Volunteers of Special Olympics Louisiana help participants

The Special Olympics Louisiana gave a chance for athletes to show that they were more than their disability while allowing a variety of volunteer organizations to give their time to provide a variety of services.

The 2016 Summer Games began on Friday, May 20 and continued until Sunday, May 22 on the university’s campus.

One organization that participated in the Games was Special Smiles, a group that provided free fittings and mouth guards for the athletes. They also provided oral screenings and instruction on proper brushing and flossing habits. Special Smiles also helps train dental professionals to work on patients with disabilities.

Louisiana Special Smiles Clinical Director Jennifer Hew explained some of the program’s she has implemented for athletes.

“I’ve created a program at the LSU Dental School for athletes to help improve their access to care,” said Hew. “They can come in at the Dental School, have a screening done, have x-rays taken, cavities filled and be charged student prices rather than private practice costs. It makes it much cheaper for athletes so they can get their health back. They get their mouth back in order, and students get to work on the patient so it’s a win-win.”

Another organization helping the athletes was Opening Eyes, an eye screening service for the Special Olympics. The group provided vision screenings to the athletes and was led by Dr. Amanda Hickman. According to Opening Eyes volunteer Jamie McDonald Marshall, the group gave away over 200 free pairs of glasses and sunglasses in the 2015 Games to the athletes.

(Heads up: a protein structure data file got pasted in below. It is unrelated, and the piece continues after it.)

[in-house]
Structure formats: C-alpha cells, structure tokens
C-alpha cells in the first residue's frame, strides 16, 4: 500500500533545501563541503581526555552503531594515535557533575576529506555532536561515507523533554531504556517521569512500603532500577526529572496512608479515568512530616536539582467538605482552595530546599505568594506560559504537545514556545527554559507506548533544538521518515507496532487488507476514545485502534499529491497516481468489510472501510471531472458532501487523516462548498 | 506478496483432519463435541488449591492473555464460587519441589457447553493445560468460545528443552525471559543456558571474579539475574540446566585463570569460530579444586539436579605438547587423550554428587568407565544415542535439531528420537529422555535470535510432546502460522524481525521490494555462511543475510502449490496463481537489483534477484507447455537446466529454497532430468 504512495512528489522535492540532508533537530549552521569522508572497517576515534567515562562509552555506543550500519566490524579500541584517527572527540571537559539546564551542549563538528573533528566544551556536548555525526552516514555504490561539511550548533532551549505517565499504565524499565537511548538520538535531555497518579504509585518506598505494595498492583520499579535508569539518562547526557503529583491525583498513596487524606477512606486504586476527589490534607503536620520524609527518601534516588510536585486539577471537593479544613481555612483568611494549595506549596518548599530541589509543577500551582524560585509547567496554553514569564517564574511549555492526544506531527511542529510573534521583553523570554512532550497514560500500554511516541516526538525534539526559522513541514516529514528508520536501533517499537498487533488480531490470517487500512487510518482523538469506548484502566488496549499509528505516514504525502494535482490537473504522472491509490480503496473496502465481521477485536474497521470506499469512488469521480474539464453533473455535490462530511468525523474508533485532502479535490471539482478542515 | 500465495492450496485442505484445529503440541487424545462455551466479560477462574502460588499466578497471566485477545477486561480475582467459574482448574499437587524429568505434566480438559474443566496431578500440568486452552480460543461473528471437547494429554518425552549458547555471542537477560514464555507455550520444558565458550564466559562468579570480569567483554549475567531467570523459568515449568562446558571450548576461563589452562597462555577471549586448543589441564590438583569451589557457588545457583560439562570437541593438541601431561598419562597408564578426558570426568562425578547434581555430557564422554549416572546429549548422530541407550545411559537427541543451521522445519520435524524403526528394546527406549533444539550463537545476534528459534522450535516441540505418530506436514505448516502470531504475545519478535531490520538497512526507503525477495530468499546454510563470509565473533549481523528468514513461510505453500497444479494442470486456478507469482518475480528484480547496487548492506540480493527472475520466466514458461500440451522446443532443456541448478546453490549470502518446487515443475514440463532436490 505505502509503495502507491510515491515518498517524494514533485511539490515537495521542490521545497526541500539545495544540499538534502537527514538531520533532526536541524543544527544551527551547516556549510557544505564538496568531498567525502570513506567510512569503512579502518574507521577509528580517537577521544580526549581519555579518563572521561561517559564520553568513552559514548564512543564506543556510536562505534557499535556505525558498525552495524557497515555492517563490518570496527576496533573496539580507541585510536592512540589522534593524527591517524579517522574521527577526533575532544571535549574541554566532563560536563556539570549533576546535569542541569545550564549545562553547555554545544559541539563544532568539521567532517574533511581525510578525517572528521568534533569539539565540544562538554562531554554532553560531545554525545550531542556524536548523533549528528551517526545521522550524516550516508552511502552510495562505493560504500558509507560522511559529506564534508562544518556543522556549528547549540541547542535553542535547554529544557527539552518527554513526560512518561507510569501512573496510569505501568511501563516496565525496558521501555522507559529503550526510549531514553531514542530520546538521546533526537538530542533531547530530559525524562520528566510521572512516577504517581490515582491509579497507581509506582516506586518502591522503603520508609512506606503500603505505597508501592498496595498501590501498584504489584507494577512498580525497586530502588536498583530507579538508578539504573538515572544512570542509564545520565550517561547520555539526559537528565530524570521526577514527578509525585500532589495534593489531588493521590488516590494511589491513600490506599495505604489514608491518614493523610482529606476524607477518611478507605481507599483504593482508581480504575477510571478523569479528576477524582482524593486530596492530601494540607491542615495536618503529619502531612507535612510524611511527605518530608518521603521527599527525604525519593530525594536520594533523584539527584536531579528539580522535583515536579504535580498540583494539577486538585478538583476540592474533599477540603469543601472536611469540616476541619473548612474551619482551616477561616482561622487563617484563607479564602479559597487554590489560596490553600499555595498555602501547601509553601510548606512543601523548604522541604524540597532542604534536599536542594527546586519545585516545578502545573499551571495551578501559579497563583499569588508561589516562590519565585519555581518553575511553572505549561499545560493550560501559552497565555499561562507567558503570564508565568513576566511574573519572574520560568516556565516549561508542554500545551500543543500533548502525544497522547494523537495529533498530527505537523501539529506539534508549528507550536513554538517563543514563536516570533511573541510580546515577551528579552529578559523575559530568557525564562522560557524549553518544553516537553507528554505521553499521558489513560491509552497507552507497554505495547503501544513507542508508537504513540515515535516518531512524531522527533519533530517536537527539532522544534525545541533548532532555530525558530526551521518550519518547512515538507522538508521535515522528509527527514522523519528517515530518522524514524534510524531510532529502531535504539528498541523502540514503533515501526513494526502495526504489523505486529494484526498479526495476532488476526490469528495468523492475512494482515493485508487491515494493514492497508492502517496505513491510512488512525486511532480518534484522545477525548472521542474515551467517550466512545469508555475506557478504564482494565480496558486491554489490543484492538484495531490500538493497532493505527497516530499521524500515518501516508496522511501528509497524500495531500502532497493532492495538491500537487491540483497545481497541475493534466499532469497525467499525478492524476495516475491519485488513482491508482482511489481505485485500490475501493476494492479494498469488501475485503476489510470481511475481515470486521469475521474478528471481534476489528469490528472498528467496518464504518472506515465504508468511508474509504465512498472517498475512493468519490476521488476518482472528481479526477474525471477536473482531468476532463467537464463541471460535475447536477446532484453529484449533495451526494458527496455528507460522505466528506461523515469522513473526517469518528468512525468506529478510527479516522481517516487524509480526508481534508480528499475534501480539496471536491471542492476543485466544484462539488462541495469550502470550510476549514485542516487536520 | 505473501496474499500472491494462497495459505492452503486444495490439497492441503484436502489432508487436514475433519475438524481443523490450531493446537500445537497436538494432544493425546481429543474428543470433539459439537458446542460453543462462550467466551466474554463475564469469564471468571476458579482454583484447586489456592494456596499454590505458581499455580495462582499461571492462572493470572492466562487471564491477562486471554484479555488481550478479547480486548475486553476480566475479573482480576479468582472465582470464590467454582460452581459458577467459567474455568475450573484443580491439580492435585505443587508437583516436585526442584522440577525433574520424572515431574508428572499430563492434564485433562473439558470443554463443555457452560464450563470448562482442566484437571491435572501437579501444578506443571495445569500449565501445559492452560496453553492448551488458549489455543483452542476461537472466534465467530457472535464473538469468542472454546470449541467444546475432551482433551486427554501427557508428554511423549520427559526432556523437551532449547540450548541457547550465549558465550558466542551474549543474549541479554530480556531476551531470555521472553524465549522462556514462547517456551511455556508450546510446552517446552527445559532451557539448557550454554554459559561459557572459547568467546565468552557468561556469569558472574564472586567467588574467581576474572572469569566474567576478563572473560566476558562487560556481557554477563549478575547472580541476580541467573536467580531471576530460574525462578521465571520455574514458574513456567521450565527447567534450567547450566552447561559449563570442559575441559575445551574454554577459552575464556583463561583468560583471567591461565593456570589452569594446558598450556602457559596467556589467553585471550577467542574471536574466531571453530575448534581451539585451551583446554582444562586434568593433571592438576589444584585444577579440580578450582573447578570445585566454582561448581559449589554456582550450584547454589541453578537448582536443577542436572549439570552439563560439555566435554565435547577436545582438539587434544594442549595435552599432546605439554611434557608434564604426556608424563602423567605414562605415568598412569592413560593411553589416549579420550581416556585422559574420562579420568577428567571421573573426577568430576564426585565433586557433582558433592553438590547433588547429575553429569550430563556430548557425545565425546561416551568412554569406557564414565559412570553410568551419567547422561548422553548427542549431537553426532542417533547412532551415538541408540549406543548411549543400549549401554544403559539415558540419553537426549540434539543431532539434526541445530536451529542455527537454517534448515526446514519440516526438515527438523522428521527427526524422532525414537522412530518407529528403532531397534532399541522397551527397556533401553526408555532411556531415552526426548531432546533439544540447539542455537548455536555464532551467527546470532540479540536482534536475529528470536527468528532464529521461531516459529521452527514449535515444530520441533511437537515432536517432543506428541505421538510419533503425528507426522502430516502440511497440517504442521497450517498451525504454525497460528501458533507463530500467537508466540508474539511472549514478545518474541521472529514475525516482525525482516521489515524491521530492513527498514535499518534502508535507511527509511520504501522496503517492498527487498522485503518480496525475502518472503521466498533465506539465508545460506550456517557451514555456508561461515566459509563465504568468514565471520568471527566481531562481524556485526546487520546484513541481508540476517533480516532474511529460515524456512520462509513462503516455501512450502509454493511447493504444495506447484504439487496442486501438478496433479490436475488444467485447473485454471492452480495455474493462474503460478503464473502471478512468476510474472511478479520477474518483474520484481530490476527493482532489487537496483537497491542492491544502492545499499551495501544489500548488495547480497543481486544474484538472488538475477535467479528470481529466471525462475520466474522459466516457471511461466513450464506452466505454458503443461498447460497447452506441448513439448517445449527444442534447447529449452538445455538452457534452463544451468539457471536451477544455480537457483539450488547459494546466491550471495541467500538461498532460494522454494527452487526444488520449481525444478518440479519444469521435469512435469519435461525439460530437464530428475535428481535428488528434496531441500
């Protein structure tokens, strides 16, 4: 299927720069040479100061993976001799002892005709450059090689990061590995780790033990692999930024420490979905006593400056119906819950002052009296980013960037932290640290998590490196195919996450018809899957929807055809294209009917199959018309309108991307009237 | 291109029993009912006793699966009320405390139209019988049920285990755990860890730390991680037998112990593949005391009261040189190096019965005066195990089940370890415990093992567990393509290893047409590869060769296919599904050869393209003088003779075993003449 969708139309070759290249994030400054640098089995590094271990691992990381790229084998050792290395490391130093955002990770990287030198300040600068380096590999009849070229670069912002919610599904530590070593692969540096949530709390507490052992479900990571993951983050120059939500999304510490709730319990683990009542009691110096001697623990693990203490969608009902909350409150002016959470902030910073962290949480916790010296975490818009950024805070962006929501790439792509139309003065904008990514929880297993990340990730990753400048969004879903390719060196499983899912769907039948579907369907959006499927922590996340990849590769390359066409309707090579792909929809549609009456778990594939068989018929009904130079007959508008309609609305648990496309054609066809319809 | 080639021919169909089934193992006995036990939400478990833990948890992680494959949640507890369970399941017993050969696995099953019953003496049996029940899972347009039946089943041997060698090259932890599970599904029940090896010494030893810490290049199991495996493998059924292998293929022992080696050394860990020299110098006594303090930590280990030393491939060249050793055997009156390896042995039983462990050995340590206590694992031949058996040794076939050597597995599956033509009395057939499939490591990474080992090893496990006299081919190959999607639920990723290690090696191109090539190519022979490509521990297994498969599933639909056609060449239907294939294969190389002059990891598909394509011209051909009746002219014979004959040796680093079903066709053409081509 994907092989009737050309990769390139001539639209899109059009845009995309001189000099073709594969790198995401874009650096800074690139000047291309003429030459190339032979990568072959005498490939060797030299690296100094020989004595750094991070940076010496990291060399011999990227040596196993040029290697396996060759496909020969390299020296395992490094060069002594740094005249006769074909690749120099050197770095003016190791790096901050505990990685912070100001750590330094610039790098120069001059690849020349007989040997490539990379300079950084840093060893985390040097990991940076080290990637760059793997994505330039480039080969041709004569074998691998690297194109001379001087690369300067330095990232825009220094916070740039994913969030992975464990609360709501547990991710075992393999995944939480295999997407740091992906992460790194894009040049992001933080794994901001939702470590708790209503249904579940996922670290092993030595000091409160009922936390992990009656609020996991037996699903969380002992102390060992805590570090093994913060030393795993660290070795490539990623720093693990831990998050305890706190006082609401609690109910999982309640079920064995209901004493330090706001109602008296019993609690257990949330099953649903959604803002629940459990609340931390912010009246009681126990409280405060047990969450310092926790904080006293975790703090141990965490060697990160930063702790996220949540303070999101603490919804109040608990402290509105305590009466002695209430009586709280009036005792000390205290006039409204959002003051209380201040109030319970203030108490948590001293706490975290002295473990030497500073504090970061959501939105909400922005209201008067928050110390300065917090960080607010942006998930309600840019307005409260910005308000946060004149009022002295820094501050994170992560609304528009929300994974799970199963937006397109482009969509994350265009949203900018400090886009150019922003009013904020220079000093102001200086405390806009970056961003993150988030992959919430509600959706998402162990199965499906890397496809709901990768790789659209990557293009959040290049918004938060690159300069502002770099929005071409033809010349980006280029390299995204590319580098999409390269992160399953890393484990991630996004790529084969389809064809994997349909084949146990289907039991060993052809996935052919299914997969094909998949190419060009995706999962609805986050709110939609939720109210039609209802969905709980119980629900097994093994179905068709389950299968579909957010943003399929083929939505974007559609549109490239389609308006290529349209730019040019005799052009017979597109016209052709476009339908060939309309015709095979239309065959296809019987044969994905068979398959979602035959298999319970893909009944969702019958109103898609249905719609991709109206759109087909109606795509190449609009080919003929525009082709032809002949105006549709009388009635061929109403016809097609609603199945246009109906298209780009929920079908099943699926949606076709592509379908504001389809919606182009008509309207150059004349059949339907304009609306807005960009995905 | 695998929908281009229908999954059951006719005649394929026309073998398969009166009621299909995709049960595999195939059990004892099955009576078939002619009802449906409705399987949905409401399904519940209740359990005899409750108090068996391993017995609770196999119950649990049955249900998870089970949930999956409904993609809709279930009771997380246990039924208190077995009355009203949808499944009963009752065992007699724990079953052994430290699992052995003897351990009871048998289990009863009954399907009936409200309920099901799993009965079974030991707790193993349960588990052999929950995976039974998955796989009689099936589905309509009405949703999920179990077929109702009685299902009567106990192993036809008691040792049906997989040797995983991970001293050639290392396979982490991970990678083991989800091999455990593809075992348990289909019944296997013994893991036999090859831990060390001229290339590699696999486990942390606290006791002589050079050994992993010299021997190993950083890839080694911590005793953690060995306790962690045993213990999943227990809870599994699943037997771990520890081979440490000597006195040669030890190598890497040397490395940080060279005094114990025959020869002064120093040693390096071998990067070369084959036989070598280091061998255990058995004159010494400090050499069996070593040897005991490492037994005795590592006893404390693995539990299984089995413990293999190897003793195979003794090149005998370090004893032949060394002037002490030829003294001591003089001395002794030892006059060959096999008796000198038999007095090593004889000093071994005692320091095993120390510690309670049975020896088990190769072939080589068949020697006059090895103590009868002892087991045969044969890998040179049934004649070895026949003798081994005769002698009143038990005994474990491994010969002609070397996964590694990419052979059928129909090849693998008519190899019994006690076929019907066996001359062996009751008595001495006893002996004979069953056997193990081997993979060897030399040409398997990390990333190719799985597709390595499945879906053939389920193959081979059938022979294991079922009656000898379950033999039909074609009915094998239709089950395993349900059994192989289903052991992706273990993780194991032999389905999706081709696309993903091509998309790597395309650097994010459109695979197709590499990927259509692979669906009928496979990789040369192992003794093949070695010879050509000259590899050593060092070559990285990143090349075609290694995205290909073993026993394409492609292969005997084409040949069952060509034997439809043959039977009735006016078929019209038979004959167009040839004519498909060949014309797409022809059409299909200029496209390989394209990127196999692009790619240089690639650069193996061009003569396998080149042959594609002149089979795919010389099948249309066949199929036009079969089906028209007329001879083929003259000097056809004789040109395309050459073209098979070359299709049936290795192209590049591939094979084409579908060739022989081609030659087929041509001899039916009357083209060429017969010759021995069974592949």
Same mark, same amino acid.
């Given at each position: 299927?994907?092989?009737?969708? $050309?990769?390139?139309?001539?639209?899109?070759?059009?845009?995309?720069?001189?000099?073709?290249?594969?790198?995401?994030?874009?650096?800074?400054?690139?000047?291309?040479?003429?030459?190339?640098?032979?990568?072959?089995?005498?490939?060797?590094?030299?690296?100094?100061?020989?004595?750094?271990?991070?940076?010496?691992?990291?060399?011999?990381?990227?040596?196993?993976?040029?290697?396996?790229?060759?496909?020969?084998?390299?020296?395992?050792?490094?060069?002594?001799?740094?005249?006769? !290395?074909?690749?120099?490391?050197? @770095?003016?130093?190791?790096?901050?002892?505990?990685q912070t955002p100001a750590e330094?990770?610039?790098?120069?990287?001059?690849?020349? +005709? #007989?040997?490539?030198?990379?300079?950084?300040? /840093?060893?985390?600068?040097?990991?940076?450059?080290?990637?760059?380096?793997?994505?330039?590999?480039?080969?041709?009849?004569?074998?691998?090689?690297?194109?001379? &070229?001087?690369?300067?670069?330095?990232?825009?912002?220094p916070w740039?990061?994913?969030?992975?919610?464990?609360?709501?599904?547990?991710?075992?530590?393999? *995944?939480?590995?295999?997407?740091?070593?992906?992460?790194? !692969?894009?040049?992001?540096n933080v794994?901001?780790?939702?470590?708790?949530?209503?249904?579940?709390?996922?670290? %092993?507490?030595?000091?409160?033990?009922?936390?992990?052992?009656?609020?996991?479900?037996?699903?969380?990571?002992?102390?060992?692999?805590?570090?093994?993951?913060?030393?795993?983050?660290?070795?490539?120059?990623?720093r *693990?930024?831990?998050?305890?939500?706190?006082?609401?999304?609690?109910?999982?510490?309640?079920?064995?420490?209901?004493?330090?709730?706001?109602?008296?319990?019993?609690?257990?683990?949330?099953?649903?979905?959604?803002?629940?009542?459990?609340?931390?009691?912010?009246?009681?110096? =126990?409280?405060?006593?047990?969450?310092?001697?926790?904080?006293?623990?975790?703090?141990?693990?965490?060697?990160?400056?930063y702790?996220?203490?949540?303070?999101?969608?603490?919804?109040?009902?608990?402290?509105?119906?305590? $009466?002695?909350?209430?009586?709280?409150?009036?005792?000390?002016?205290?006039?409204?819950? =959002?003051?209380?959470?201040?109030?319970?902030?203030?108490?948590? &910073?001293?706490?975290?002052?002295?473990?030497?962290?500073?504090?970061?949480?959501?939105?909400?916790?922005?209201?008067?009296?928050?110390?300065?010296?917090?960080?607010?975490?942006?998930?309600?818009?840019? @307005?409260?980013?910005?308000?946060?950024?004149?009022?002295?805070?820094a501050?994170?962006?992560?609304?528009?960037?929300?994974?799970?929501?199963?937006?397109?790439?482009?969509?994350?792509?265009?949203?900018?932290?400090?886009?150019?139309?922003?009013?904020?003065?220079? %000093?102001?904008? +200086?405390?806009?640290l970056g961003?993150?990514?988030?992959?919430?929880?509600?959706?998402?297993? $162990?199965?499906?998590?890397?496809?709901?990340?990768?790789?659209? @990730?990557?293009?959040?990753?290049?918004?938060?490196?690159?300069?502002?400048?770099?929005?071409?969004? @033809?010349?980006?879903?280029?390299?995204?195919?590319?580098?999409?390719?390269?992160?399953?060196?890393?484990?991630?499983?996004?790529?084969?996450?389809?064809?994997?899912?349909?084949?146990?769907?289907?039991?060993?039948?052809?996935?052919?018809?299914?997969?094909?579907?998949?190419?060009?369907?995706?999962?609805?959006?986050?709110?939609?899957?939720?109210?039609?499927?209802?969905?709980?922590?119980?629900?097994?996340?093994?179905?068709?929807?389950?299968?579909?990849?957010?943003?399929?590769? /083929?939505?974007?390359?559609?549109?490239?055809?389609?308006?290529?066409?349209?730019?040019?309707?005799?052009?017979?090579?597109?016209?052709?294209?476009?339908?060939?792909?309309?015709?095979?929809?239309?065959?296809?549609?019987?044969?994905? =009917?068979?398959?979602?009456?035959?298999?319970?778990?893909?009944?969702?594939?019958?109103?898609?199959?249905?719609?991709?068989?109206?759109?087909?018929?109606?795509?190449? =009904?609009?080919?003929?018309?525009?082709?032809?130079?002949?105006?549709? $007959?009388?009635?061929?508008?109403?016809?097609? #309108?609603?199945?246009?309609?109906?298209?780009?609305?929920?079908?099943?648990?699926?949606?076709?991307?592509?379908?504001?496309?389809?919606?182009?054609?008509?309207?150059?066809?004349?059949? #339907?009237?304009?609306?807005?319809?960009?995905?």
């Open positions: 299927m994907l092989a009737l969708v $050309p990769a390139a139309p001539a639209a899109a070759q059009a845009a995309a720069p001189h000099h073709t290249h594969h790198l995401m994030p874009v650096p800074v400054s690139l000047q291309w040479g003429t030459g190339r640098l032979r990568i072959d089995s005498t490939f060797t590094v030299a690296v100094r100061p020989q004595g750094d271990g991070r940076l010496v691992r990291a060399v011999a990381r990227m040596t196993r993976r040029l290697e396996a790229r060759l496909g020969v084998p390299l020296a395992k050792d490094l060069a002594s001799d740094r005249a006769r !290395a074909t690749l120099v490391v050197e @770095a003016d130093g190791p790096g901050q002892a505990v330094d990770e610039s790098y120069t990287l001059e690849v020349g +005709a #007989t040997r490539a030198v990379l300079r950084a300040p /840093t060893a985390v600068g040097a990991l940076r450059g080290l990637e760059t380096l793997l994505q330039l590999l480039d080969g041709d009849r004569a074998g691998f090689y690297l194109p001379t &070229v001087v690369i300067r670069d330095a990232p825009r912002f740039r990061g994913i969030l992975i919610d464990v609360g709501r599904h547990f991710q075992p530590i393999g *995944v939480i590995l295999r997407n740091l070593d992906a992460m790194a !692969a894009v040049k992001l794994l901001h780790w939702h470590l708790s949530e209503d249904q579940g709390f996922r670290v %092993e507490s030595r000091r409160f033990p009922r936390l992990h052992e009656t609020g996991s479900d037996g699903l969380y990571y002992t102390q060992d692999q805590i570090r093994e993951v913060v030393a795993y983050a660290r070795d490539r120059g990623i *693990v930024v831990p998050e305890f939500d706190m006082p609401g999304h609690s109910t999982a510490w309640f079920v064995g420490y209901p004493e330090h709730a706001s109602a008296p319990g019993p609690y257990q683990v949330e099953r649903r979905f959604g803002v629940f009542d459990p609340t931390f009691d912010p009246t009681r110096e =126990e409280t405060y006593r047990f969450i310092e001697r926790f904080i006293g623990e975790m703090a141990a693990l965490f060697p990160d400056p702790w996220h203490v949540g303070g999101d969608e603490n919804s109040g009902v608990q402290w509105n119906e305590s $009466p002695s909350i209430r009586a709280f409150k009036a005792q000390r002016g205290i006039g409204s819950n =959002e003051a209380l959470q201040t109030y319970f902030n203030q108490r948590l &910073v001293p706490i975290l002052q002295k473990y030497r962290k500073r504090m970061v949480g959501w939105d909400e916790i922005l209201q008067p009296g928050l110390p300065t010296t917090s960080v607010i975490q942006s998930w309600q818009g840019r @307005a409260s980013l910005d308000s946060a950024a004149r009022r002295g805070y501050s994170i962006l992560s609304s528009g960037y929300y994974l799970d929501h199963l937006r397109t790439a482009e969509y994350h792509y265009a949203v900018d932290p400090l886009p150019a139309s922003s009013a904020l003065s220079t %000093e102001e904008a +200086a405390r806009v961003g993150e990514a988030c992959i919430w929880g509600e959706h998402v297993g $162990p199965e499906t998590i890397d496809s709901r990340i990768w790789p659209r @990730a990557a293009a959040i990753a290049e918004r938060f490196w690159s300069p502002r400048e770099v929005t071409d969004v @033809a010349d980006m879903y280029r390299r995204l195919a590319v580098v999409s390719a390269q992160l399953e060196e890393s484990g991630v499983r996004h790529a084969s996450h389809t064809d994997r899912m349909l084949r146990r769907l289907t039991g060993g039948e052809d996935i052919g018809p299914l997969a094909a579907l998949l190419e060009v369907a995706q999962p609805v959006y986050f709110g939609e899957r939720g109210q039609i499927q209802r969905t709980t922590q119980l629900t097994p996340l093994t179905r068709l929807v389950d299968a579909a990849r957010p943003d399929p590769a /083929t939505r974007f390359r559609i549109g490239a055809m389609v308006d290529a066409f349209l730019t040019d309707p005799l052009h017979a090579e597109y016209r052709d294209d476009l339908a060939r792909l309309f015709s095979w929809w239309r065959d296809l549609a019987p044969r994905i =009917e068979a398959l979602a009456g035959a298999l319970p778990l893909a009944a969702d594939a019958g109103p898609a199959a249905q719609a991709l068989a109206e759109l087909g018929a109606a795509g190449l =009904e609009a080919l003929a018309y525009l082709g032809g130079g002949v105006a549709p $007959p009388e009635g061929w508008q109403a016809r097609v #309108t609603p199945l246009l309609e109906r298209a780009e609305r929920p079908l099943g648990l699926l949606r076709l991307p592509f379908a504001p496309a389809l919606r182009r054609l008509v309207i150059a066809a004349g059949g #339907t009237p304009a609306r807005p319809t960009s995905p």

Marshall explained how she had become aware of the opportunities to help at the Special Olympics.

“My daughter is one of the doctors, Amanda Hickman,” said Marshall. “She’s the one leading the group. This is my third year to volunteer and she organized the group. She asked me and other family members to help out at the Special Olympics.”

Volunteering has become important for some at the Special Olympics.

“It’s one thing to say you’ll volunteer to do something,” said Marshall. “But when you actually do it, and you see how happy you make people, there’s no other feeling like it. That’s why I’ll keep coming back.” 

Friday’s opening festivities for the Special Olympics lasted from 7:30 to 8:30 p.m. and included the parade of different athletes and the arrival of the “Flame of Hope.” The ceremonies were designed to imitate real Olympic ceremonies as closely as possible.

Saturday was the longest day of the games; lasting from 7:30 a.m. to 8:45 p.m. Saturday featured most of the Track & Field competition, as well as fun activities in Olympic Village. They also featured the Bocce Tournament, the Mini Javelin and Volleyball competitions and the Closing Ceremonies later that night. The last day of the games was Sunday which saw the end of the Bocce Tournament and the powerlifting competition.